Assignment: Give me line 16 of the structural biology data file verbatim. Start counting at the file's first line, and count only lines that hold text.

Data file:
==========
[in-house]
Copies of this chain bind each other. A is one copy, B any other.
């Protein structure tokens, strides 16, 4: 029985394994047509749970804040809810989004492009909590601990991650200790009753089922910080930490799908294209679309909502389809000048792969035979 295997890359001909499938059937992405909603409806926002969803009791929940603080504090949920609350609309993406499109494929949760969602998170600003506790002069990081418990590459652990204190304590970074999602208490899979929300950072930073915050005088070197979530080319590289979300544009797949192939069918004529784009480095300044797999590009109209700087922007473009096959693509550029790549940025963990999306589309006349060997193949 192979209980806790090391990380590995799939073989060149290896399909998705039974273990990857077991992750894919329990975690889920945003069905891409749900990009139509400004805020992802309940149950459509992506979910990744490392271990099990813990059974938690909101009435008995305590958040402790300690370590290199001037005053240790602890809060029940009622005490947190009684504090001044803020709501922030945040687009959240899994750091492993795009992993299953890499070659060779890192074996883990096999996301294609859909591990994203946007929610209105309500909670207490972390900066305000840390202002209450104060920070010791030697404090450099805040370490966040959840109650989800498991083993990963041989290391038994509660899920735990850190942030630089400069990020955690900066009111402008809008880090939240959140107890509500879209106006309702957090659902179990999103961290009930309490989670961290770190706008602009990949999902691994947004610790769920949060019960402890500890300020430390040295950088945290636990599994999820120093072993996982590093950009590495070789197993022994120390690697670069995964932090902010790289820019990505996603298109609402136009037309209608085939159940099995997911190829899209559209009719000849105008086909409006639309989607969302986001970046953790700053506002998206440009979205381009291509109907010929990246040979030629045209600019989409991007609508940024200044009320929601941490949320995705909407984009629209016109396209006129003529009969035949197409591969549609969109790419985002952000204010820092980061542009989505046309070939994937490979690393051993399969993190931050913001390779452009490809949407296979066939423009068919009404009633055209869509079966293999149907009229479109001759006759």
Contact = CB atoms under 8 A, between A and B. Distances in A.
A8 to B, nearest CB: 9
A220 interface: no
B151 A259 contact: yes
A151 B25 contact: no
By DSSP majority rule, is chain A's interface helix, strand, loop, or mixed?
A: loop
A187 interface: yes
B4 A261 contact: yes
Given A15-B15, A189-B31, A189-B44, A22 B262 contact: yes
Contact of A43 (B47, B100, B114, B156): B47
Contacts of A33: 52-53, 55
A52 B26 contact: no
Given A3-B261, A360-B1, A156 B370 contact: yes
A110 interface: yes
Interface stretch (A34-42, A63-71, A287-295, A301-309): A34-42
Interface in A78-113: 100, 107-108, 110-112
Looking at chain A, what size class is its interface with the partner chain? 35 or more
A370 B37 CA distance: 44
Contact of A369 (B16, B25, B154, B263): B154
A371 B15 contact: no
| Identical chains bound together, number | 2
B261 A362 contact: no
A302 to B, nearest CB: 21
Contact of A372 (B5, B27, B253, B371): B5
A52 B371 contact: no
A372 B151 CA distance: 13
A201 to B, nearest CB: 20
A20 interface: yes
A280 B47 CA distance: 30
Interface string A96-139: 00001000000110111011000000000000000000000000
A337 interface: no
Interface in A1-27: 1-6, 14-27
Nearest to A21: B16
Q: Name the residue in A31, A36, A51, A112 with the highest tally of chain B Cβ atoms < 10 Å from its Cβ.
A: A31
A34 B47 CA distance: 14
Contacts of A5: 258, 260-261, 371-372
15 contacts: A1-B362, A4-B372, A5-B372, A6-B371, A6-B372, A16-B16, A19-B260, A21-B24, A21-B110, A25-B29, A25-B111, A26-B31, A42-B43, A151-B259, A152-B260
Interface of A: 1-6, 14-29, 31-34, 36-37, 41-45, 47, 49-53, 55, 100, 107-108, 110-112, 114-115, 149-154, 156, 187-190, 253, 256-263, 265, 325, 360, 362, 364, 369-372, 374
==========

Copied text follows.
A52 B26 contact: no